By Vanessa Chrisman, clinical dietitian at CHOC
Trans fats, found in processed foods, are an inexpensive way to extend the shelf life of foods. While trans fats have been helpful for food manufacturers, they’re considered harmful for humans—which is why it’s so important to eliminate trans fats in your family’s diet. They are unnaturally produced through the process of hydrogenation, where hydrogen is added to liquid vegetable oil. This process converts the oil into a solid fat at room temperature.
Trans fats are most often found in fried foods, savory snacks, frozen pizzas, baked goods, margarines, ready-made frosting, and coffee creamers.
Consuming trans fats has been linked to increased levels of “bad” LDL cholesterol, lowered levels of “good” HDL cholesterol, and increased plaque in blood vessel walls. This increases the risk for developing heart disease. the leading cause of death for both men and women in the United States.
In 2015, the U.S. Food and Drug Administration determined that these partially hydrogenated oils are not safe for human consumption. Earlier this year, the FDA ban on trans fats began. The FDA has estimated that this ban on trans fats may prevent as many as 20,000 heart attacks and 7,000 coronary heart disease deaths in the U.S. annually. The World Health Organization has called for a worldwide ban of artificial trans fats by 2023.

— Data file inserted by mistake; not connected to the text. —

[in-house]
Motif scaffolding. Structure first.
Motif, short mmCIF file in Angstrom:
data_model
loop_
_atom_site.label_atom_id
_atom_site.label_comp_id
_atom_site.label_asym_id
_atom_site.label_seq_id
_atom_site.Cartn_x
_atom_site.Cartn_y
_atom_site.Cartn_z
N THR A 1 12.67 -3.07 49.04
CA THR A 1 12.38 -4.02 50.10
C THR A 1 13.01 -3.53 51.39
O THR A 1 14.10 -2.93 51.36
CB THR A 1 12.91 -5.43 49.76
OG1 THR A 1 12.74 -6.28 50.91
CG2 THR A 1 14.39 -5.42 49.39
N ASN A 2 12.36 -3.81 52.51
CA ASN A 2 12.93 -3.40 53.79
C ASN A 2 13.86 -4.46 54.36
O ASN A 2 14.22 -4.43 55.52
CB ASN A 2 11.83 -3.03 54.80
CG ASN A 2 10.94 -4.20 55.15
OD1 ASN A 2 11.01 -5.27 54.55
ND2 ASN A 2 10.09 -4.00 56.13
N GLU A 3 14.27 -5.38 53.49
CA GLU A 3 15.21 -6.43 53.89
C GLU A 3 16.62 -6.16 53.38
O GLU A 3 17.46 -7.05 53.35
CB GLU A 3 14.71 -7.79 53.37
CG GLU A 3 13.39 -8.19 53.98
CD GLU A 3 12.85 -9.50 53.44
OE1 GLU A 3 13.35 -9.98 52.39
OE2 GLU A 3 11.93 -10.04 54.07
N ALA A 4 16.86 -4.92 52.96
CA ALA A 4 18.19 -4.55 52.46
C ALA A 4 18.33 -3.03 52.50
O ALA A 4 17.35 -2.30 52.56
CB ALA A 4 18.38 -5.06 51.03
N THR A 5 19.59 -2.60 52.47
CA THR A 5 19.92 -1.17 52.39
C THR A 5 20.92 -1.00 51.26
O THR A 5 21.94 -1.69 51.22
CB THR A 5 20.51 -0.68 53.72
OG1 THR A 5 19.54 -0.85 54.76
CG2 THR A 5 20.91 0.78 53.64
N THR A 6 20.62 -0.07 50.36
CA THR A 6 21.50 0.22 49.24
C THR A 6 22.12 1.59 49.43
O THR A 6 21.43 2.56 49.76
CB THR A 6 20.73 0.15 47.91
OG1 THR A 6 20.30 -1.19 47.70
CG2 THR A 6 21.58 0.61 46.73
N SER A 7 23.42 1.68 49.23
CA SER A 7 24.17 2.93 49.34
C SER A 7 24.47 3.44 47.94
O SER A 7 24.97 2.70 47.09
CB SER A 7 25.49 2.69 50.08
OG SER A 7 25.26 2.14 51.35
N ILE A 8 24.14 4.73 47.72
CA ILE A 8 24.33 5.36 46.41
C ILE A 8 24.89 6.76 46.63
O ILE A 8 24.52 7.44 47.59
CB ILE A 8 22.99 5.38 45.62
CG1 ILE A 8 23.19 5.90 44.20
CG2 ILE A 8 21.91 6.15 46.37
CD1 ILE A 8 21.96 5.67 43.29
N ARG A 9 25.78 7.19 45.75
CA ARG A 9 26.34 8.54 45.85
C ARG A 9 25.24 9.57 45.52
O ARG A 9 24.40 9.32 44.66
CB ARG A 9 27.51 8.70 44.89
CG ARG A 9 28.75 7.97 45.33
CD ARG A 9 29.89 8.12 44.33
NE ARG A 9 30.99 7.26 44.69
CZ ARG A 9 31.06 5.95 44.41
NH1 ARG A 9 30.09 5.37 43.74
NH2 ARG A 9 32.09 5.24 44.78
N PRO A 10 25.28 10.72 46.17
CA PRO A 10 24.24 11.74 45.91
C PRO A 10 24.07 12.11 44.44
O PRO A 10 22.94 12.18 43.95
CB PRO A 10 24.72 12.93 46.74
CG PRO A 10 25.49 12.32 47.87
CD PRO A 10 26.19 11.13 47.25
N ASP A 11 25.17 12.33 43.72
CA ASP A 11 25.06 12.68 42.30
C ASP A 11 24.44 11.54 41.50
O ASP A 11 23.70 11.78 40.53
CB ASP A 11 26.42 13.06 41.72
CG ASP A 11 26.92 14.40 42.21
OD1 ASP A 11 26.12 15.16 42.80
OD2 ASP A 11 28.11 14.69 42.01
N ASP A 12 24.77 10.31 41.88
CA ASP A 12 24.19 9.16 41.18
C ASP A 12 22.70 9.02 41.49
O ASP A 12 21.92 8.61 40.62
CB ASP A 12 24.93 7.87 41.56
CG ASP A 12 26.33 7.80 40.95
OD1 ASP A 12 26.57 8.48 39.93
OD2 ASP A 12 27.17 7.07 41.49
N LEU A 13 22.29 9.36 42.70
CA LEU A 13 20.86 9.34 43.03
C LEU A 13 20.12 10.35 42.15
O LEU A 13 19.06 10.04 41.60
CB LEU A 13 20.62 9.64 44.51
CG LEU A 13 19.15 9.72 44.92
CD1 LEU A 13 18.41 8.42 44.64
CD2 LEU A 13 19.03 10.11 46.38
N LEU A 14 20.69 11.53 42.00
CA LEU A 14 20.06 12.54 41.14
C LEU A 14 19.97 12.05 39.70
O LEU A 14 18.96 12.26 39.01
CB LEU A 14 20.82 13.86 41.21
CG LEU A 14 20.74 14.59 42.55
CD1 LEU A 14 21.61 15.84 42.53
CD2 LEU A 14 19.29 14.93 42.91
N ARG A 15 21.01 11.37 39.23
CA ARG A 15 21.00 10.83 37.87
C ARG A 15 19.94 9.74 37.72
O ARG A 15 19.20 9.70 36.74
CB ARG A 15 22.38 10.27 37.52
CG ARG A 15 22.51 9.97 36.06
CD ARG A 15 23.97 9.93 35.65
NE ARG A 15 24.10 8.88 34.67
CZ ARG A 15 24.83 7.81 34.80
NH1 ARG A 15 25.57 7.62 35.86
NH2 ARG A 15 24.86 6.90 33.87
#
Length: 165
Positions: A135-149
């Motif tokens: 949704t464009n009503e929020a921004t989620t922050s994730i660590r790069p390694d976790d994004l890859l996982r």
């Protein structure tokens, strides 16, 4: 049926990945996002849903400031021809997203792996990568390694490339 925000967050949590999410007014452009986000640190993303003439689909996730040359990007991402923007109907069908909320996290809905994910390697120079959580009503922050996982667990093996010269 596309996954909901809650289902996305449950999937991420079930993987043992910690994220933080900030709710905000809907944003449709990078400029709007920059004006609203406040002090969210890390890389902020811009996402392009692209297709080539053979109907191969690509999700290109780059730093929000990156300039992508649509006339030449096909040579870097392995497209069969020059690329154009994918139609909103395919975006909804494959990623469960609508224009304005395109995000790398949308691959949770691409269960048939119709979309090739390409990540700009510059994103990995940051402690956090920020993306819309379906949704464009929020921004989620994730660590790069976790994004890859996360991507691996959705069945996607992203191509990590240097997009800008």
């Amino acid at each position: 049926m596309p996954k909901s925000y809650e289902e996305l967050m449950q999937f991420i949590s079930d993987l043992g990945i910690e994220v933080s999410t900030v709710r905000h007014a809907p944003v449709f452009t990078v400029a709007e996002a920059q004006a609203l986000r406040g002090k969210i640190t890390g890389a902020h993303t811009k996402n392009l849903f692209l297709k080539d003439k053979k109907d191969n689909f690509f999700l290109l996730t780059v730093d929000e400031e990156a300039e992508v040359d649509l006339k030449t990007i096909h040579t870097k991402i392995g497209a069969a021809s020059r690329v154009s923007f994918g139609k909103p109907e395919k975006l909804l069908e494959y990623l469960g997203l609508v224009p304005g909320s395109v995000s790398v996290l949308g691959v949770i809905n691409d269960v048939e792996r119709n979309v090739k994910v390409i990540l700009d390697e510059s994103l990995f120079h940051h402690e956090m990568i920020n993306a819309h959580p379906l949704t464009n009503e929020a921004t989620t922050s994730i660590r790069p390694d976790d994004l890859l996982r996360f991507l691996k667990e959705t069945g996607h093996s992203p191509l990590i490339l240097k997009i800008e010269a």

While the ban on trans fats has already begun in the United States, manufacturers in some cases have been given an extension on the compliance date to 2020.
Ways to avoid eating foods that contain trans fats
- Eat more whole foods like fruits, vegetables, whole grains, beans, lean meats, fish, nuts, and lean poultry. Shop the perimeter of the grocery store and avoid inner aisles where you’re more likely to find processed foods that may contain trans fats.
- Cut back on consumption of processed foods. Eat these foods less often and in smaller portions.
- Not all processed foods contain trans fats. When you do eat processed foods, avoid processed foods known to contain trans fats such as chips, cookies, donuts, icing, cakes, biscuits, microwave popcorn, crackers, fried fast foods and frozen pizzas.
- Read food labels and avoid foods with partially hydrogenated oil listed as an ingredient.
- Avoid stick margarine and vegetable shortening. Swap this for olive oil, grape seed oil, canola oil, soybean oil, corn oil, or sunflower oil when baking or preparing meals at home.
- Whether dining in or out, avoid fried foods. Choose foods that are baked, steamed, broiled, or grilled.